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Gene silencing of Sugar-dependent 1 (JcSDP1), encoding a patatin-domain triacylglycerol lipase, enhances seed oil accumulation in Jatropha curcas.

Kim MJ, Yang SW, Mao HZ, Veena SP, Yin JL, Chua NH - Biotechnol Biofuels (2014)

Bottom Line: We cloned Jatropha JcSDP1, and verified its function by complementation of the Arabidopsis sdp1-5 mutant.Taking advantage of the observation with Arabidopsis, we used RNAi technology to generate JcSDP1 deficiency in transgenic Jatropha.Based on this result, we generated SDP1-deficient transgenic Jatropha plants using by RNAi technology with a native JcSDP1 promoter to silence endogenous JcSDP1 expression.

View Article: PubMed Central - HTML - PubMed

Affiliation: Laboratory of Plant Molecular Biology, The Rockefeller University, New York, NY 10065, USA. chua@mail.rockefeller.edu.

ABSTRACT

Background: Triacylglycerols (TAGs) are the most abundant form of storage oil in plants. They consist of three fatty acid chains (usually C16 or C18) covalently linked to glycerol. SDP1 is a specific lipase for the first step of TAG catabolism in Arabidopsis seeds. Arabidopsis mutants deficient in SDP1 accumulate high levels of oils, probably due to blockage in TAG degradation. We applied this knowledge from the model plant, Arabidopsis thaliana, to engineer increased seed oil content in the biodiesel plant Jatropha curcas using RNA interference (RNAi) technology.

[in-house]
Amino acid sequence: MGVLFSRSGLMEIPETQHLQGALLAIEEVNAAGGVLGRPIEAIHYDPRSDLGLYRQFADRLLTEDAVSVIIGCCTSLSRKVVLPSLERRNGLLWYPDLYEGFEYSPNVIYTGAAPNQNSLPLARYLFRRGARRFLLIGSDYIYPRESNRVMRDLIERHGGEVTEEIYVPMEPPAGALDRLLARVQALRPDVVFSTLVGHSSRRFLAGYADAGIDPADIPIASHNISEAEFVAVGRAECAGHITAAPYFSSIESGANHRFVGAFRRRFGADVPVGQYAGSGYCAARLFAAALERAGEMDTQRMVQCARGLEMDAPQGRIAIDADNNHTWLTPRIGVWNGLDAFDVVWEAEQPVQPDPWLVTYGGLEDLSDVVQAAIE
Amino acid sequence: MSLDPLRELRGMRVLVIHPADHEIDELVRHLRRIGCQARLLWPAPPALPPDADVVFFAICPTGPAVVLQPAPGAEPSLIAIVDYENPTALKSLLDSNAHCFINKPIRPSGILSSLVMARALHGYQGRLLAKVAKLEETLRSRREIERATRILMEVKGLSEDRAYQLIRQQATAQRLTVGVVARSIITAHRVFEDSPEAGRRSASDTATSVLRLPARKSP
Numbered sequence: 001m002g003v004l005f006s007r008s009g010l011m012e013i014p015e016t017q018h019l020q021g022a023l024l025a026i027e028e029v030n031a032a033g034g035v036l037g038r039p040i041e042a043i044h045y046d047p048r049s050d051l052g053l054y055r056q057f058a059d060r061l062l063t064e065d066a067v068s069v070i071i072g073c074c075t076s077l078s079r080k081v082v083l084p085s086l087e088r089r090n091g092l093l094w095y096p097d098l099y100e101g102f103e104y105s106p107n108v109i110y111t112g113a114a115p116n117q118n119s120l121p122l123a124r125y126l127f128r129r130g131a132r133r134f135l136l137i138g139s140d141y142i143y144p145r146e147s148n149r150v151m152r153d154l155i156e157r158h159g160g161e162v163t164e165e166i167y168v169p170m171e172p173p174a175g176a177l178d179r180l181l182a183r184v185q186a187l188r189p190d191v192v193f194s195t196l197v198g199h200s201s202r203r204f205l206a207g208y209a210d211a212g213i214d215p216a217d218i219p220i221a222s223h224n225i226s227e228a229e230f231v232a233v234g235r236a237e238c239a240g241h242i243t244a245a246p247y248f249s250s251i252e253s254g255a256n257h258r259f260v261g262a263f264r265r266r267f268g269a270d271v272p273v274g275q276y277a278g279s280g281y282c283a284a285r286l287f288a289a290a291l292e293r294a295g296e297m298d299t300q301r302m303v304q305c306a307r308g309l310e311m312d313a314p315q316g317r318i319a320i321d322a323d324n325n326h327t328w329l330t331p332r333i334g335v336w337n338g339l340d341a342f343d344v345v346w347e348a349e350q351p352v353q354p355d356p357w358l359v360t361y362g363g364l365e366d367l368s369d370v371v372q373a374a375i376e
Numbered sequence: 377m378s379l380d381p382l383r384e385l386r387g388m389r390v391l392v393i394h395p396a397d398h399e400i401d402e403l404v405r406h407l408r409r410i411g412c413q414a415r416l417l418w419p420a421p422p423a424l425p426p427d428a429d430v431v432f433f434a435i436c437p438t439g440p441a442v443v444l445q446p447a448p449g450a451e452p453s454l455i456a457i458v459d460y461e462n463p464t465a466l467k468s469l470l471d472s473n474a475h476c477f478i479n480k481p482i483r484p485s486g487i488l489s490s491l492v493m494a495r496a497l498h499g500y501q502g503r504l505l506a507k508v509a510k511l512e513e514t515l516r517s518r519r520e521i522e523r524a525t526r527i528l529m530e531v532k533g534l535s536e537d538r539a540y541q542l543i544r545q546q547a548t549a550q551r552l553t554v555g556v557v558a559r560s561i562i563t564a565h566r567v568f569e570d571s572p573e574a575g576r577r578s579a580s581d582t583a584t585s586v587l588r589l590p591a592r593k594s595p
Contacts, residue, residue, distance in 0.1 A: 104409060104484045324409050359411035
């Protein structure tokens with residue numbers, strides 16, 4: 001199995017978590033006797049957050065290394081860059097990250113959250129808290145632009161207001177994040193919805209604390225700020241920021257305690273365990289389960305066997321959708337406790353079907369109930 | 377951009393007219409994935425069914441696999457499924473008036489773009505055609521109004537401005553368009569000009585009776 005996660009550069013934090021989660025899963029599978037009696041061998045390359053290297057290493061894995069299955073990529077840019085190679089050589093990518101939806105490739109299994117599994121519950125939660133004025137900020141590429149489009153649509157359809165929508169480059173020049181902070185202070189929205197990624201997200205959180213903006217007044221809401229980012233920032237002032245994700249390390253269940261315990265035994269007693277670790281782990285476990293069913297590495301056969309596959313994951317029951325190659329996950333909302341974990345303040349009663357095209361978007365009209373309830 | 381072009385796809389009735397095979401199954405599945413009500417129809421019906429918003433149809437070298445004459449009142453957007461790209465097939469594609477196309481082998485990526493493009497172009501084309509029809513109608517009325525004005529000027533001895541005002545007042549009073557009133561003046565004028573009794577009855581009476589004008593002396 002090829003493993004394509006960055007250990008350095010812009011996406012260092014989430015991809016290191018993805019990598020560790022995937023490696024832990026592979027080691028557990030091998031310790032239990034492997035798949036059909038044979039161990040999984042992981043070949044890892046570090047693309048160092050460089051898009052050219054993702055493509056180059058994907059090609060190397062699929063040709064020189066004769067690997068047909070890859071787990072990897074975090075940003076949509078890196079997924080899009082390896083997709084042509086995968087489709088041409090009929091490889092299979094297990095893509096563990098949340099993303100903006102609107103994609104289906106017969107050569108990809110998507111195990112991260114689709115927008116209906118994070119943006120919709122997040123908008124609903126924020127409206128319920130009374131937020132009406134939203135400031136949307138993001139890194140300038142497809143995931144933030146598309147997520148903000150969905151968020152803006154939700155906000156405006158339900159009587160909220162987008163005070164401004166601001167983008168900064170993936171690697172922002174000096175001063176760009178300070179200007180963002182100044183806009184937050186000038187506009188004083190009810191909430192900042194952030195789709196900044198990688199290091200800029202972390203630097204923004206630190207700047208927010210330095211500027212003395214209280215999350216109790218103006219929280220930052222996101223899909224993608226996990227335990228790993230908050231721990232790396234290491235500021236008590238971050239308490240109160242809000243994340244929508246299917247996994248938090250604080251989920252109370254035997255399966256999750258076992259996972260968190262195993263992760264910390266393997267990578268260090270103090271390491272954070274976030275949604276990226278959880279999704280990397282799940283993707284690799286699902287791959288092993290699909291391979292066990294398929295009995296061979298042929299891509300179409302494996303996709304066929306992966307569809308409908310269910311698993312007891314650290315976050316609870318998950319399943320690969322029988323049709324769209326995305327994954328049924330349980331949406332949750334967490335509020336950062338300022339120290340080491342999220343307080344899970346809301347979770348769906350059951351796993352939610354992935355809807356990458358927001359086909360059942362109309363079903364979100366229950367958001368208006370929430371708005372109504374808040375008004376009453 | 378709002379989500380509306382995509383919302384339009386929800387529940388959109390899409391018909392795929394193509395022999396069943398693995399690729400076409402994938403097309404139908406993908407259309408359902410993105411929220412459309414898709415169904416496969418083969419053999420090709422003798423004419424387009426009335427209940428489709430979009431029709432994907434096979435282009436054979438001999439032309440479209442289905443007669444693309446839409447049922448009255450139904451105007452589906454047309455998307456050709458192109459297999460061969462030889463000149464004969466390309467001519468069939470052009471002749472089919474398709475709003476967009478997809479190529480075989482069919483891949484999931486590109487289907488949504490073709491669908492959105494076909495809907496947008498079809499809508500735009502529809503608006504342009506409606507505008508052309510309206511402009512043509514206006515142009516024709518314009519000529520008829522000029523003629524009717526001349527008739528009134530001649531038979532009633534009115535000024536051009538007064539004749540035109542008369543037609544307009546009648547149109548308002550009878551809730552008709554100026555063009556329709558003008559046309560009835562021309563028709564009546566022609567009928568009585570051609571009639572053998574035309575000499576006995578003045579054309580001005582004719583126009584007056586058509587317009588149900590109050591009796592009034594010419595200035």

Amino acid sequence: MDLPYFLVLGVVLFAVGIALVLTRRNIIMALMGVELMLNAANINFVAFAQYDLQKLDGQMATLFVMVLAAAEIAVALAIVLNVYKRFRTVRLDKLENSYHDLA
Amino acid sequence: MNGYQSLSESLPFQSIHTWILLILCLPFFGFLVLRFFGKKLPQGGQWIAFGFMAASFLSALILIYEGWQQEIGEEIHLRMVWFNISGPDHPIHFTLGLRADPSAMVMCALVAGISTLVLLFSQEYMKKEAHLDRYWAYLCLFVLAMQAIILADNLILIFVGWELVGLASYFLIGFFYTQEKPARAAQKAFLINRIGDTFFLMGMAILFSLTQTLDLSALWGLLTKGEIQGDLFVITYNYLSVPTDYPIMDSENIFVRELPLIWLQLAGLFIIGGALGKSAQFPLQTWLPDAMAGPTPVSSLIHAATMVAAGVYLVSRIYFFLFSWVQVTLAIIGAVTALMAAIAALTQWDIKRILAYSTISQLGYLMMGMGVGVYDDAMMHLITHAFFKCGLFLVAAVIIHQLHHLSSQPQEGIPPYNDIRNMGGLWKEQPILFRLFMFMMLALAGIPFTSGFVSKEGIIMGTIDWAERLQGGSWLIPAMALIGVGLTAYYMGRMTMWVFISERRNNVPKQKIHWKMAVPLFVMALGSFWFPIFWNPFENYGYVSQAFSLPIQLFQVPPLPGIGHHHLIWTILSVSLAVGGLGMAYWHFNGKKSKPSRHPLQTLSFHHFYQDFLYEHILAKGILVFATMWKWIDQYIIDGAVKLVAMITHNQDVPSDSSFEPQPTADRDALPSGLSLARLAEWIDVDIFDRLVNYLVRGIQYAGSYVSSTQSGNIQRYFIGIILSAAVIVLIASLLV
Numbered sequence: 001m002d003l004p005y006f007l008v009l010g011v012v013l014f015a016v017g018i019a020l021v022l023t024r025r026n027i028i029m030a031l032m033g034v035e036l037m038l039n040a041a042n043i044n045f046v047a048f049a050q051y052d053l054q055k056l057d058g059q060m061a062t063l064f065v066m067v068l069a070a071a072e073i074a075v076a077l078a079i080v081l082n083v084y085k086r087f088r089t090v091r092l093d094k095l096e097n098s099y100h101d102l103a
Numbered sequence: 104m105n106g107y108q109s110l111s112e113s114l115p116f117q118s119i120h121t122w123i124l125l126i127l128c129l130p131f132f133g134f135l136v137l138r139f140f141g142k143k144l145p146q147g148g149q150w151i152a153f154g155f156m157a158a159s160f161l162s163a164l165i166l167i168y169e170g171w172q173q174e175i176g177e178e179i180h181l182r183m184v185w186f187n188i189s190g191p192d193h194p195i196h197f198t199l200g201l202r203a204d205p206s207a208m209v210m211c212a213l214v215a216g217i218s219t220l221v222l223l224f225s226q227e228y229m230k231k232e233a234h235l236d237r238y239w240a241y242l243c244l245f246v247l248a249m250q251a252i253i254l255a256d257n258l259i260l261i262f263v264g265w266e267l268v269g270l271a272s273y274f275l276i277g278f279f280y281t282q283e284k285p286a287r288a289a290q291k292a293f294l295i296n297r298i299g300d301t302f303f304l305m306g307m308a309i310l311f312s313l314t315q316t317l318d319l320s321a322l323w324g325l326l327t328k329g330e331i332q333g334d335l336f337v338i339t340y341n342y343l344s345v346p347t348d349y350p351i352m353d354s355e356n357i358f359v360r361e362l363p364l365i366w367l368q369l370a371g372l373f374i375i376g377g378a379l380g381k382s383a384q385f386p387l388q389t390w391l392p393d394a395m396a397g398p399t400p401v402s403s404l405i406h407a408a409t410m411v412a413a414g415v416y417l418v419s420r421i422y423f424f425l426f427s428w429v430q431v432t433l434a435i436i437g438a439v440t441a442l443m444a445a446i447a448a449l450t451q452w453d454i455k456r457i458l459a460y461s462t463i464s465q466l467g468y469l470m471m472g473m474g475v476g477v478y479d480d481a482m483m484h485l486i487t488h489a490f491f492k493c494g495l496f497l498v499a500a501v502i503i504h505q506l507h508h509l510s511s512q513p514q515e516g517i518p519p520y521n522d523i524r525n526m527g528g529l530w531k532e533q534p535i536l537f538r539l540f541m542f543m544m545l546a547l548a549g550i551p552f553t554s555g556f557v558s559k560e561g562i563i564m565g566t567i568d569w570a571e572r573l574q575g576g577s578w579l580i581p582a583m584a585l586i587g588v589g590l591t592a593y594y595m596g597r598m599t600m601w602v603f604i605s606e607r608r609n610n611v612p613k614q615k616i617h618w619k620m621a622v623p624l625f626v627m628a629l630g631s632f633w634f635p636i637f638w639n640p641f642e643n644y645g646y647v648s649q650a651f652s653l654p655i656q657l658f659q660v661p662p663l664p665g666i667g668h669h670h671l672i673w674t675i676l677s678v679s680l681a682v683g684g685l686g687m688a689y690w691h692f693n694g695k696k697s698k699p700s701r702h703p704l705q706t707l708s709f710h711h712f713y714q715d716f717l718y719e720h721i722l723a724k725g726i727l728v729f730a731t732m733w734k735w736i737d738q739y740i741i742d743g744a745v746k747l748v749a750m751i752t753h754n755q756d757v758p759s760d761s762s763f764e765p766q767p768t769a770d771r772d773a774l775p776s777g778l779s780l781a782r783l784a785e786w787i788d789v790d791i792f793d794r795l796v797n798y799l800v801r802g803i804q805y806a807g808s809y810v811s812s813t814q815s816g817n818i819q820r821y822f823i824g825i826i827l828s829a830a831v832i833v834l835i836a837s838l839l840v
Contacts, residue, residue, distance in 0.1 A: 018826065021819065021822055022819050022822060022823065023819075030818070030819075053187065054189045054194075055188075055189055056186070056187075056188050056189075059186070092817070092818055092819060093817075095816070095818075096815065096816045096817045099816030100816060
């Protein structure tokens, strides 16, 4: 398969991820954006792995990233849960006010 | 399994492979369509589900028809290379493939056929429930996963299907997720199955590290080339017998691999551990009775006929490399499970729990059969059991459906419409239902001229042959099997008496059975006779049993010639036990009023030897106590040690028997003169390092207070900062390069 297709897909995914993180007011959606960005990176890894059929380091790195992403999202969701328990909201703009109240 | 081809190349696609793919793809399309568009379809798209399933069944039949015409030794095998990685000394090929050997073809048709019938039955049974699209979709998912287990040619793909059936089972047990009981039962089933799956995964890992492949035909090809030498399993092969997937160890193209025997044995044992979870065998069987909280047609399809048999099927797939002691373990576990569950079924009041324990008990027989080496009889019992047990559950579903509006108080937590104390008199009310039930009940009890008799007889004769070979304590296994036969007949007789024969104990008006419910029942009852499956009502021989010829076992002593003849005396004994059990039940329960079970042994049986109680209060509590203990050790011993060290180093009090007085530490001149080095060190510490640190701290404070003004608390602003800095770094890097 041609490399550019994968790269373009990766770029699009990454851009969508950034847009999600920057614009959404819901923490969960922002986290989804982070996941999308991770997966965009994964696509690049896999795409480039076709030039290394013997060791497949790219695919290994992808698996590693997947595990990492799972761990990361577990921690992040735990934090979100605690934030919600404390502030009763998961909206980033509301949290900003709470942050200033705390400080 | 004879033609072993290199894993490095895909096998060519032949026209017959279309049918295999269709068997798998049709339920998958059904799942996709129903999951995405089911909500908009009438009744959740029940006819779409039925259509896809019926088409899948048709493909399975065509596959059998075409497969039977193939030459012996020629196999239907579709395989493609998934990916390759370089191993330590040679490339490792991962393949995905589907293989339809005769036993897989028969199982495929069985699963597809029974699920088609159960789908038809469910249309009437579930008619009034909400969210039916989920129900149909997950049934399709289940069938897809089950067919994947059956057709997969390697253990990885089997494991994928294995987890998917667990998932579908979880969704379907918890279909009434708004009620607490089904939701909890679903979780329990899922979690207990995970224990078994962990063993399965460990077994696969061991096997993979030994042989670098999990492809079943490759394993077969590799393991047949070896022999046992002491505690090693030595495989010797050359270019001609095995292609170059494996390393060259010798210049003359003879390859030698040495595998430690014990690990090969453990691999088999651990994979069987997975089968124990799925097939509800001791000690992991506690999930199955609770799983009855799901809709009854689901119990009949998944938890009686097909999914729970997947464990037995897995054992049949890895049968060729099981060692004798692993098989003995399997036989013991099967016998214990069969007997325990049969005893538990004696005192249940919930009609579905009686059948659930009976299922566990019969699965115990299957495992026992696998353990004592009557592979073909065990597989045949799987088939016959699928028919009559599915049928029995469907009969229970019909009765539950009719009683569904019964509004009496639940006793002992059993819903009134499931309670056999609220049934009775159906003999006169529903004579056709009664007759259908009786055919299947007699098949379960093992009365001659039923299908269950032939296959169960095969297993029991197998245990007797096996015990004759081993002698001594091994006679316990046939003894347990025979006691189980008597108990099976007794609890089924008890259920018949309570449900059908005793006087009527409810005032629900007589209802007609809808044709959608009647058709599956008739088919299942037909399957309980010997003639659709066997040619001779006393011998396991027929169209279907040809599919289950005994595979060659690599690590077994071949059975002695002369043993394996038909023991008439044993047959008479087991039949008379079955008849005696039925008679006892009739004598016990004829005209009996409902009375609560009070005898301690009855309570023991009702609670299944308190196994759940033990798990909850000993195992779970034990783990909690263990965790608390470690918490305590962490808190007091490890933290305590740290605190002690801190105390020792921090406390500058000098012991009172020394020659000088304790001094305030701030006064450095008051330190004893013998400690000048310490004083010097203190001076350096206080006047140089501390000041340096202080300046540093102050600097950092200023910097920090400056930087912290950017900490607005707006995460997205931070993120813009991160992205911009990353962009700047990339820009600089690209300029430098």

Results: As Jatropha is a biodiesel crop, any significant increase in its seed oil content would be an important agronomic trait. Using A. thaliana as a model plant, we found that a deficiency of SDP1 led to higher TAG accumulation and a larger number of oil bodies in seeds compared with wild type (Columbia-0; Col-0). We cloned Jatropha JcSDP1, and verified its function by complementation of the Arabidopsis sdp1-5 mutant. Taking advantage of the observation with Arabidopsis, we used RNAi technology to generate JcSDP1 deficiency in transgenic Jatropha. We found that Jatropha JcSDP1-RNAi plants accumulated 13 to 30% higher total seed storage lipid, along with a 7% compensatory decrease in protein content, compared with control (CK; 35S:GFP) plants. Free fatty acid (FFA) content in seeds was reduced from 27% in control plants to 8.5% in JcSDP1-RNAi plants.

Conclusion: Here, we showed that SDP1 deficiency enhances seed oil accumulation in Arabidopsis. Based on this result, we generated SDP1-deficient transgenic Jatropha plants using by RNAi technology with a native JcSDP1 promoter to silence endogenous JcSDP1 expression. Seeds of Jatropha JcSDP1-RNAi plants accumulated up to 30% higher total lipid and had reduced FFA content compared with control (CK; 35S:GFP) plants. Our strategy of improving an important agronomic trait of Jatropha can be extended to other oil crops to yield higher seed oil.

No MeSH data available.


Related in: MedlinePlus